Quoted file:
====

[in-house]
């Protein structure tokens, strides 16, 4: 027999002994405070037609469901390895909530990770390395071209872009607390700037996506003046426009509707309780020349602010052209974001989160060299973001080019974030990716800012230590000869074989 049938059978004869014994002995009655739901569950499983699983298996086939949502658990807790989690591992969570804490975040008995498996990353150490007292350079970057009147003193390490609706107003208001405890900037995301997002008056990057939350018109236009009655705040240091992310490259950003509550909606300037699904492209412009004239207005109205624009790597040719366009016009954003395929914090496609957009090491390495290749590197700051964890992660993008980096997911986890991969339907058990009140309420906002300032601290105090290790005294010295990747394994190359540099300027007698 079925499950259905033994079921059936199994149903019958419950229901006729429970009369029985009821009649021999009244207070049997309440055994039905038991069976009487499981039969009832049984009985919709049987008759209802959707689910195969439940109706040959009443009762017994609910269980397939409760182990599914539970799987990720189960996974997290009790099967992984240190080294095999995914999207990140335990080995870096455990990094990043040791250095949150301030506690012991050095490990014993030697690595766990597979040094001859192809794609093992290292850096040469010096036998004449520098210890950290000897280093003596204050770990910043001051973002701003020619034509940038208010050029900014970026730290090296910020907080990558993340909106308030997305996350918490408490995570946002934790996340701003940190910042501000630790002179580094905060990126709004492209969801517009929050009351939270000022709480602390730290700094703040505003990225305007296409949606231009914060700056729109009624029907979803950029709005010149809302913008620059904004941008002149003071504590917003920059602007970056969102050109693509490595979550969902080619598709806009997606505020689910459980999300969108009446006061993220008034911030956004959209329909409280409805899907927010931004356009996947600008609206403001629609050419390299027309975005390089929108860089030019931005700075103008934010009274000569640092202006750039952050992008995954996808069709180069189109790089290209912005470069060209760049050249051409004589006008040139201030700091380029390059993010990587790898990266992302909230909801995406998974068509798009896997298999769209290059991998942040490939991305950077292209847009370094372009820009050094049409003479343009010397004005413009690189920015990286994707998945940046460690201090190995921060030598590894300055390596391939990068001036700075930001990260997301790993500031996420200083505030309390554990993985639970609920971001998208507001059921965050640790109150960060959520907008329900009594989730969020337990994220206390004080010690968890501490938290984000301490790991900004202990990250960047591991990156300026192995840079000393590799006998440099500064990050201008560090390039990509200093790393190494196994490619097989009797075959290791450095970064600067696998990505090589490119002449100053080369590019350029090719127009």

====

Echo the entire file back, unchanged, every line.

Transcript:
[in-house]
């Protein structure tokens, strides 16, 4: 027999002994405070037609469901390895909530990770390395071209872009607390700037996506003046426009509707309780020349602010052209974001989160060299973001080019974030990716800012230590000869074989 049938059978004869014994002995009655739901569950499983699983298996086939949502658990807790989690591992969570804490975040008995498996990353150490007292350079970057009147003193390490609706107003208001405890900037995301997002008056990057939350018109236009009655705040240091992310490259950003509550909606300037699904492209412009004239207005109205624009790597040719366009016009954003395929914090496609957009090491390495290749590197700051964890992660993008980096997911986890991969339907058990009140309420906002300032601290105090290790005294010295990747394994190359540099300027007698 079925499950259905033994079921059936199994149903019958419950229901006729429970009369029985009821009649021999009244207070049997309440055994039905038991069976009487499981039969009832049984009985919709049987008759209802959707689910195969439940109706040959009443009762017994609910269980397939409760182990599914539970799987990720189960996974997290009790099967992984240190080294095999995914999207990140335990080995870096455990990094990043040791250095949150301030506690012991050095490990014993030697690595766990597979040094001859192809794609093992290292850096040469010096036998004449520098210890950290000897280093003596204050770990910043001051973002701003020619034509940038208010050029900014970026730290090296910020907080990558993340909106308030997305996350918490408490995570946002934790996340701003940190910042501000630790002179580094905060990126709004492209969801517009929050009351939270000022709480602390730290700094703040505003990225305007296409949606231009914060700056729109009624029907979803950029709005010149809302913008620059904004941008002149003071504590917003920059602007970056969102050109693509490595979550969902080619598709806009997606505020689910459980999300969108009446006061993220008034911030956004959209329909409280409805899907927010931004356009996947600008609206403001629609050419390299027309975005390089929108860089030019931005700075103008934010009274000569640092202006750039952050992008995954996808069709180069189109790089290209912005470069060209760049050249051409004589006008040139201030700091380029390059993010990587790898990266992302909230909801995406998974068509798009896997298999769209290059991998942040490939991305950077292209847009370094372009820009050094049409003479343009010397004005413009690189920015990286994707998945940046460690201090190995921060030598590894300055390596391939990068001036700075930001990260997301790993500031996420200083505030309390554990993985639970609920971001998208507001059921965050640790109150960060959520907008329900009594989730969020337990994220206390004080010690968890501490938290984000301490790991900004202990990250960047591991990156300026192995840079000393590799006998440099500064990050201008560090390039990509200093790393190494196994490619097989009797075959290791450095970064600067696998990505090589490119002449100053080369590019350029090719127009």